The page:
U.S. SECURITIES AND EXCHANGE COMMISSION
Litigation Release No. 23003 / May 27, 2014
Securities and Exchange Commission v. DGSE Companies Inc. and I. John Benson, Civil Action No. 3:14-cv-01909-B (N.D. Tex.) (May 27, 2014)
SEC Charges Former CFO of Dallas-Based Jewelry and Collectibles Company with Accounting Fraud
The Securities and Exchange Commission today filed accounting fraud charges against a Dallas-based company and its former chief financial officer for manipulating its inventory accounts.
The SEC alleges that I. John Benson made repeated false accounting entries that materially inflated the value of inventory on the balance sheets at DGSE Companies Inc., which buys and sells jewelry, diamonds, fine watches, rare coins, precious metals and other collectibles. Benson’s entries made it appear that DGSE owned certain inventory that actually still belonged to customers in consignment arrangements where DGSE held the goods on the owner’s behalf until they were sold. Benson then misled the company’s independent auditors about the journal entries, and DGSE subsequently overstated its inventory by anywhere from 99.1 percent to 227.4 percent in public filings during 2009, 2010, and 2011.
DGSE agreed to settle the SEC’s charges, and Benson agreed to a settlement in which he will pay a $75,000 penalty, be permanently barred from serving as an officer or director of a public company, and be suspended from practicing as an accountant on behalf of any publicly traded company or other entity regulated by the SEC.
According to the SEC’s complaint filed in the Dallas Division of U.S. District Court for the Northern District of Texas, deficiencies in DGSE’s accounting systems and controls led to problems that significantly compromised the integrity of the company’s financial data. The deficiencies included the failure to properly record intercompany transactions such as inventory transfers between stores. As a result, DGSE’s intercompany accounts became out of balance by millions of dollars.
The SEC alleges that Benson subsequently made a number of fraudulent accounting entries in order to bring the intercompany accounts and DGSE’s general ledger as a whole back into balance. The entries resulted in a number of errors in DGSE’s financial statements including the large overstatement of DGSE inventory by millions of dollars. Benson concealed the improper entries by manipulating inventory detail listings to improperly reflect the consigned inventory as being owned by DGSE. Benson sent these listings to DGSE’s external auditor, and misled the auditor to believe the consigned goods were owned by DGSE. Benson then knowingly signed misleading public filings by DGSE, including annual reports for the 2009 and 2010 fiscal years as well as quarterly filings. Benson also signed false management certifications that were attached to these filings.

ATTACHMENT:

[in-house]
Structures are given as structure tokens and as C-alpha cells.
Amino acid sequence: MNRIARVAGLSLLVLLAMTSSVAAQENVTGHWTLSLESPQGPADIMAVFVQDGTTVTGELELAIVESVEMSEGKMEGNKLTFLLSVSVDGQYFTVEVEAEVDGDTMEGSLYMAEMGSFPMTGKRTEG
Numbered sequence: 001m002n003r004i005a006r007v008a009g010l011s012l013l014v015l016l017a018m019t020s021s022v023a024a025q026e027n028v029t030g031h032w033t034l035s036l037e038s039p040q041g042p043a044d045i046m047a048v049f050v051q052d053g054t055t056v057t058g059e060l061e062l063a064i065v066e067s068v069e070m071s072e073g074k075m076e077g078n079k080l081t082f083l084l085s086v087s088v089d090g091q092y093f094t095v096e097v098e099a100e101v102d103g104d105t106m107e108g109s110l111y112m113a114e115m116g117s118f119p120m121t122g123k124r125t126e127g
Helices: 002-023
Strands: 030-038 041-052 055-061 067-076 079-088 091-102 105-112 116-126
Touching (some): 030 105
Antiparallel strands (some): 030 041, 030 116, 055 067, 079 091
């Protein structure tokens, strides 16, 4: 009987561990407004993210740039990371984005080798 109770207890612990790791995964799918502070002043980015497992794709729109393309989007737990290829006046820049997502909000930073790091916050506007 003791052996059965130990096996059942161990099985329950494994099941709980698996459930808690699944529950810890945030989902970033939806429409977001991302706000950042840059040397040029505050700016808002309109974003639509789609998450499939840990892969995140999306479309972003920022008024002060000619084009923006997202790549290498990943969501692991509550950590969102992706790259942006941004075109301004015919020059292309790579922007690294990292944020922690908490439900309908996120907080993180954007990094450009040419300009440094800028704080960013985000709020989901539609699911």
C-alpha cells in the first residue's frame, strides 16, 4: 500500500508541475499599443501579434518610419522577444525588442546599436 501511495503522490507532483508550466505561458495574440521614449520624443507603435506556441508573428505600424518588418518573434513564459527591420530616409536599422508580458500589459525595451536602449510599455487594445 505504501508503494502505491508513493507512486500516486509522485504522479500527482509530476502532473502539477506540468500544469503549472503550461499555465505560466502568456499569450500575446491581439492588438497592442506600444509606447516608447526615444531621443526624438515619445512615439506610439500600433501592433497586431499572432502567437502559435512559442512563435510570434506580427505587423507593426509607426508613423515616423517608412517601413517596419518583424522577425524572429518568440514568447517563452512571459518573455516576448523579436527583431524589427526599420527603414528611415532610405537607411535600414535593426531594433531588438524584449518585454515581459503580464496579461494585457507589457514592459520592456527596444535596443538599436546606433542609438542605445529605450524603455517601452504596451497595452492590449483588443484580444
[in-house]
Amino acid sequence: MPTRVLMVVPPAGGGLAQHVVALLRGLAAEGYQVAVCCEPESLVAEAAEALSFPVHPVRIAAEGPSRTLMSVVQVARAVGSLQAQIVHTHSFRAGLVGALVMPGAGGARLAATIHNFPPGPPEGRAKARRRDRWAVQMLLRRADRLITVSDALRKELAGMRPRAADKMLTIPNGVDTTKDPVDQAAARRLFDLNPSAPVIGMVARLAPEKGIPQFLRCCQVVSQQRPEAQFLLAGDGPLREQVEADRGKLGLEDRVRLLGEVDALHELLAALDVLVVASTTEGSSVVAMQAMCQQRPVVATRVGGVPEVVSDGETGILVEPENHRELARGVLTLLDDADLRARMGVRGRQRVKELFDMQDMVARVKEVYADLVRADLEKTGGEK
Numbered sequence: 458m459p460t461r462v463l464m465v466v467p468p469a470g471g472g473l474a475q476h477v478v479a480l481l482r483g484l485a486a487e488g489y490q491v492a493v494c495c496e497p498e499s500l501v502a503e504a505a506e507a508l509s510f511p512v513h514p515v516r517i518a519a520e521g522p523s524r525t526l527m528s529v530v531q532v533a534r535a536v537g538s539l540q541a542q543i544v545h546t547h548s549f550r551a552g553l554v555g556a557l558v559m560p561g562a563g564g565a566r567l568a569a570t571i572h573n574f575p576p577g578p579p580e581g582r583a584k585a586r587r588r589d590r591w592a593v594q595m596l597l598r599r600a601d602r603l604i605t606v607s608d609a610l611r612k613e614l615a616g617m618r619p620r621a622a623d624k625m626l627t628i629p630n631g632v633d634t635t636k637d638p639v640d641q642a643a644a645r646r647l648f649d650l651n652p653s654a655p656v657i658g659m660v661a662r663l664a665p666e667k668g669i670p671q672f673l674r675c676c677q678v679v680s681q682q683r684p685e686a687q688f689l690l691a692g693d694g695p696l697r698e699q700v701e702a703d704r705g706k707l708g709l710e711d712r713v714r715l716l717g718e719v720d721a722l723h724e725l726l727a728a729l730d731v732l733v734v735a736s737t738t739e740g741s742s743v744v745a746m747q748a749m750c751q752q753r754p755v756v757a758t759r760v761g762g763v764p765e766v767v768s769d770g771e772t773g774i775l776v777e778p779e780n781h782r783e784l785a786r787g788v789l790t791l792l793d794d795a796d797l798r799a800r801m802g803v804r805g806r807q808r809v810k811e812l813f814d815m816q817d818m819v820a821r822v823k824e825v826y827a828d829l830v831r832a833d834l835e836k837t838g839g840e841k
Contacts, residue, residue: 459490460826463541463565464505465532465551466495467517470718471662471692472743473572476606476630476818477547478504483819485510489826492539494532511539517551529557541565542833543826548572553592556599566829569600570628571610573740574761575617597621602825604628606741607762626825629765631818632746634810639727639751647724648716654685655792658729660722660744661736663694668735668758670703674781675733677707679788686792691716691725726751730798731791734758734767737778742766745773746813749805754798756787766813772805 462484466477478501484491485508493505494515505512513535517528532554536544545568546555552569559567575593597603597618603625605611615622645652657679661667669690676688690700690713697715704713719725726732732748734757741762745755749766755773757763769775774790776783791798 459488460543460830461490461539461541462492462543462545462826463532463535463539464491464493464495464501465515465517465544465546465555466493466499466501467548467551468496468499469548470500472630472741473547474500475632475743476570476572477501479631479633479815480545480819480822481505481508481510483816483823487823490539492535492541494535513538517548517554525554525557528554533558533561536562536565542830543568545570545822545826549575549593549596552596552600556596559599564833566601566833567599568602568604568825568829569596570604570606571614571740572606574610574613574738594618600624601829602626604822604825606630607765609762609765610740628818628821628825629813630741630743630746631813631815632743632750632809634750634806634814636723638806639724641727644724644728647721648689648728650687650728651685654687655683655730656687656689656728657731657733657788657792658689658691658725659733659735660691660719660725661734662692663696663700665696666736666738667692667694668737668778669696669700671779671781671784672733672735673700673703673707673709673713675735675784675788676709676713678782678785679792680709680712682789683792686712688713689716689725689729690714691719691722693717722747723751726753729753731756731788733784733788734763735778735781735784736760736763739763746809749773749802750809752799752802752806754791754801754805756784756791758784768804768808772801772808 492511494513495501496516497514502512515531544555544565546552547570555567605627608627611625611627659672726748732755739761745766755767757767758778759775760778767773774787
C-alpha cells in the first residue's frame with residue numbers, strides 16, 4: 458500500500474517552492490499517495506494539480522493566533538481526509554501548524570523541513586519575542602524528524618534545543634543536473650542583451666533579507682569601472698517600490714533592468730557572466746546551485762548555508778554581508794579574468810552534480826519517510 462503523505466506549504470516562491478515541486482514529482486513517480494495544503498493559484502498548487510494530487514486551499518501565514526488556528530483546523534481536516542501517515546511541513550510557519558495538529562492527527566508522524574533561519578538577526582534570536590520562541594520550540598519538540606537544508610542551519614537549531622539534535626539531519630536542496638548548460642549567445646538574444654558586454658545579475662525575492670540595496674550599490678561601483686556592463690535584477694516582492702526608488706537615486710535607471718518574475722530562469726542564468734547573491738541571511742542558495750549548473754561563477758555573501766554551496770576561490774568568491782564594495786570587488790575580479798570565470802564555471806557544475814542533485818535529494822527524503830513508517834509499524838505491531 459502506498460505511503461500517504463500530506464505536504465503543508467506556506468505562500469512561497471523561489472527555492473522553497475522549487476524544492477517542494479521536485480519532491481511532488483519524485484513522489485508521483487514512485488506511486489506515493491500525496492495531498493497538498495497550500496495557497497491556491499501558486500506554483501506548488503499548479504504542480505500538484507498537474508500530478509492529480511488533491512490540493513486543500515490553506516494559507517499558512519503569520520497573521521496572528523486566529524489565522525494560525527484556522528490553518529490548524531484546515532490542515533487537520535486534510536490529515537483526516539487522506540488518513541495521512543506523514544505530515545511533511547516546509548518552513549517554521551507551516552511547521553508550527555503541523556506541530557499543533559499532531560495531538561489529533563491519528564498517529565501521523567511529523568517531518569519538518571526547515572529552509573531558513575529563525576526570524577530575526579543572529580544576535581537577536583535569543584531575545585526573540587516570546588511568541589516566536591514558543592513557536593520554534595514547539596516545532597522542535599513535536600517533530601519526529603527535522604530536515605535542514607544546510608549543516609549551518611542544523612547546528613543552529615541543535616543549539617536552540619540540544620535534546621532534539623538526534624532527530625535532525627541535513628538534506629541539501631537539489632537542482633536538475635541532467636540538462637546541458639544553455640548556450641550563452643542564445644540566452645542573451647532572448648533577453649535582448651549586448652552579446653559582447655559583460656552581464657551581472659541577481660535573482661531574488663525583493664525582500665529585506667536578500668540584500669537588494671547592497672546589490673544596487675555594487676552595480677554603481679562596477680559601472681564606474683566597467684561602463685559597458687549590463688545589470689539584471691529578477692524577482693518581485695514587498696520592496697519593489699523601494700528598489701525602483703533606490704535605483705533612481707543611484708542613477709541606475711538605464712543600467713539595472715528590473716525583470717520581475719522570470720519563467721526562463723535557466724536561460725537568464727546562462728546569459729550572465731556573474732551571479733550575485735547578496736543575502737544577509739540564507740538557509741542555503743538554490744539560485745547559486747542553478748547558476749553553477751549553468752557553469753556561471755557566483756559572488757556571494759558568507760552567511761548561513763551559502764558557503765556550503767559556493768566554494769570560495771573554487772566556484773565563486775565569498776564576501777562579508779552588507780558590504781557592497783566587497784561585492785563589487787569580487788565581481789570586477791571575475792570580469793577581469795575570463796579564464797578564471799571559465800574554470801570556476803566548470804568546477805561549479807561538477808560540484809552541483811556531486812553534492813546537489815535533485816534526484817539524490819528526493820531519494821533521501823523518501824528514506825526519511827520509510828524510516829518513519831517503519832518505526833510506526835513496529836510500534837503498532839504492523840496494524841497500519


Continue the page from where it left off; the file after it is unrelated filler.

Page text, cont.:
Benson is charged with violating Section 17(a) of the Securities Act of 1933 (“Securities Act”) and Sections 10(b), 13(a), and 13(b)(5) of the Securities Exchange Act of 1934 (“Exchange Act”) and Rules 10b-5, 13a-14, 13b2-1, and 13b2-2(a) thereunder, and from aiding and abetting violations of Sections 13(a), 13(b)(2)(A), and 13(b)(2)(B) of the Exchange Act and Rules 12b-20, 13a-1, and 13a-13 thereunder. DGSE is charged with violating Section 17(a)(2) of the Securities Act, Sections 13(a), 13(b)(2)(A), and 13(b)(2)(B) of the Exchange Act, and Rules 12b-20, 13a-1, and 13a-13 thereunder. DGSE and Benson each consented to injunctions against future violations of these provisions. DGSE also agreed to the appointment of an independent consultant to review the company’s accounting controls, and DGSE has taken or agreed to take remedial steps to correct its deficiencies.The SEC’s investigation was conducted by Chris Davis, Keith Hunter, and Joann Harris of the Fort Worth Regional Office.